Frogmore House is a 17th-century English country house owned by the Crown Estate. The house is situated within the Frogmore Estate, which is itself located within the grounds of the Home Park, Windsor, Berkshire. Half a mile south of Windsor Castle, Frogmore was let to a number of tenants until the late 18th century, when it was used intermittently as a residence for several members of the royal family. The house is currently uninhabited, but it is used by the royal family to host both private and official events.
The Frogmore estate has been under royal ownership since the 16th century and was then leased to a series of Crown tenants. Construction on Frogmore house was not begun until 1680 for tenants Anne Aldworth and Thomas May. Work continued until 1684 and is thought to be the work of Hugh May, an architect employed by Charles II at Windsor Castle and uncle of tenant Thomas May. The house's first royal resident was George FitzRoy, 1st Duke of Northumberland, the illegitimate son of Charles II and Barbara Palmer, 1st Duchess of Cleveland. The duke died in 1716, but his wife continued to live at Frogmore until her death in 1738. There were a number of successive tenants, including Edward Walpole, until 1792 when George III purchased the house for his wife, Queen Charlotte.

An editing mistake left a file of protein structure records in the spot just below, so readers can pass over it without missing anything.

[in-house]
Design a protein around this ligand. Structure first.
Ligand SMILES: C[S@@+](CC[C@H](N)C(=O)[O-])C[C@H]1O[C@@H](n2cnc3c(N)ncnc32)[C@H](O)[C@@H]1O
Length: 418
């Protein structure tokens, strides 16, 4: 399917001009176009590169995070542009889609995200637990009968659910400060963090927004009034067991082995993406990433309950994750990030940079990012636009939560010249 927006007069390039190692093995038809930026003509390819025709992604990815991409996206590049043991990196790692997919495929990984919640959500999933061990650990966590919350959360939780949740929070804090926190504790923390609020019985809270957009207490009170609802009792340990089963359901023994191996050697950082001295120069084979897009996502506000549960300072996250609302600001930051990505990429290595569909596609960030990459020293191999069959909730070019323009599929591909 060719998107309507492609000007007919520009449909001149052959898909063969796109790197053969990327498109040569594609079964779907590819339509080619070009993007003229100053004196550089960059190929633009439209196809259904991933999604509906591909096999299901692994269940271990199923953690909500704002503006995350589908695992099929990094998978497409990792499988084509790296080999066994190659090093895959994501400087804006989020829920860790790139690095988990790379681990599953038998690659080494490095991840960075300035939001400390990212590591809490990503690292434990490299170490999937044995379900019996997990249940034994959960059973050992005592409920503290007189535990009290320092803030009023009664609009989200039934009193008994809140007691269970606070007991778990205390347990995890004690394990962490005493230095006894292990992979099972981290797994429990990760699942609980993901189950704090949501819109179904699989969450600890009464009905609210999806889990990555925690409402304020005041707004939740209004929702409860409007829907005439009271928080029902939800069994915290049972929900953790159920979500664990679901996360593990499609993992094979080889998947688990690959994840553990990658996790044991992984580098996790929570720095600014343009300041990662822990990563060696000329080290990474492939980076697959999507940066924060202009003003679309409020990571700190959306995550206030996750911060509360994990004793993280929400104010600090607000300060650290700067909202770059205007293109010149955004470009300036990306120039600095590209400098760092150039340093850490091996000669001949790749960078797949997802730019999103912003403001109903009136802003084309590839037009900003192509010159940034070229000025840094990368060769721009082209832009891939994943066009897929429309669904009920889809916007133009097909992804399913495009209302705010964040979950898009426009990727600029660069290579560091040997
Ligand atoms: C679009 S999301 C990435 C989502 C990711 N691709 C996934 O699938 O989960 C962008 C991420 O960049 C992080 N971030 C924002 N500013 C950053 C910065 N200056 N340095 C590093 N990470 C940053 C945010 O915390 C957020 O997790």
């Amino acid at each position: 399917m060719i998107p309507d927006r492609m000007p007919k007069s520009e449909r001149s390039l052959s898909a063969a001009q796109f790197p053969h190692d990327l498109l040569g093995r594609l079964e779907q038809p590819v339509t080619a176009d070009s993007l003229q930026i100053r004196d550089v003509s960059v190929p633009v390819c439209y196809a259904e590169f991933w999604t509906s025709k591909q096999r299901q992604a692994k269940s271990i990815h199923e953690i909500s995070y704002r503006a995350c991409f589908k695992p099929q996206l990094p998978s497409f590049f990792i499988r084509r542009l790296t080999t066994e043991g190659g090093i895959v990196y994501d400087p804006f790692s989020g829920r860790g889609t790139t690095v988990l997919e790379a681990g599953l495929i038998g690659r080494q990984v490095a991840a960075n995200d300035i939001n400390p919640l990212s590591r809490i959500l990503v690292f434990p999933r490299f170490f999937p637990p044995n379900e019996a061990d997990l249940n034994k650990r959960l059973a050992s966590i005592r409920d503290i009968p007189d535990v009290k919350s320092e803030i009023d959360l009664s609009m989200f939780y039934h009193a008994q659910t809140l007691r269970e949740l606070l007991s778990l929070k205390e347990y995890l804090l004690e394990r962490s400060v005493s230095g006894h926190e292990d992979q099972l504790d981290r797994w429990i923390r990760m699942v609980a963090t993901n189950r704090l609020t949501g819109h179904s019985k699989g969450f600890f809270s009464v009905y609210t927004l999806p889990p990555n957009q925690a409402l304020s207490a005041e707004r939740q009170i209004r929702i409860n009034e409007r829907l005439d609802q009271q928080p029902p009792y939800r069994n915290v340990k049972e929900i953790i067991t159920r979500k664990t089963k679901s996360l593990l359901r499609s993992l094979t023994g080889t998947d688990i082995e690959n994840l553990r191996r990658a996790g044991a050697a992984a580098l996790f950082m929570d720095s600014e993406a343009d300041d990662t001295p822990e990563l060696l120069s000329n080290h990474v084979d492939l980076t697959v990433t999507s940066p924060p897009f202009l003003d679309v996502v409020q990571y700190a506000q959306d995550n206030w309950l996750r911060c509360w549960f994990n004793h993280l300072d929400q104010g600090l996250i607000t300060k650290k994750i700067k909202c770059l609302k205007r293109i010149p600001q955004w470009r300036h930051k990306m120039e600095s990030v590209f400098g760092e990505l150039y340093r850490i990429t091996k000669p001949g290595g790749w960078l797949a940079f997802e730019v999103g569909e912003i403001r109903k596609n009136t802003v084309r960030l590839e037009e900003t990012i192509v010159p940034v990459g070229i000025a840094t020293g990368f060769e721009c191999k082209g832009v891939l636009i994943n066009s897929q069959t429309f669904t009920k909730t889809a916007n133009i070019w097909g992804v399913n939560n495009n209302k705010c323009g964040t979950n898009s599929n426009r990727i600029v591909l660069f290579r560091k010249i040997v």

Queen Charlotte used the house as a country retreat for her and her unmarried daughters. They used Frogmore as a "refuge" away from court life where they could practice their pastimes of "painting, drawing, needlework, japanning, reading and ‘botanising’". The Queen's interest in botany is reflected in a number of the rooms at Frogmore., including a room decorated with painted flowers by the artist Mary Moser. Great attention was paid to the gardens, where the queen planted a number of Spanish chestnut, laburnum and birch trees and installed a number of follies. When Charlotte died 1818, she left the house to her daughter Princess Augusta Sophia, who lived there until her death 1840. The house was in good condition, but to make it fit for royal inhabitants, James Wyatt was employed to enlarge and modernise Frogmore House. Between 1795 and 1804, Wyatt enlarged the second floor, added flanking pavilions to the north and south of the house and extended to make room for a new dining room and library. After the Princess's death in 1840, Queen Victoria gave it to her mother, the Duchess of Kent. During this time the house was subject to a number of alterations. The Duchess's taste differed greatly to Queen Charlotte's and much of the decoration from her time was lost. The house was used regularly between 1841 and the death of the Duchess of Kent in 1861, with Queen Victoria often visiting and a number of private family functions were held there. Victoria wrote of the house: "All is peace and quiet and you only hear the hum of the bees, the singing of the birds and the occasional crowing and cackling from the Poultry Yard!"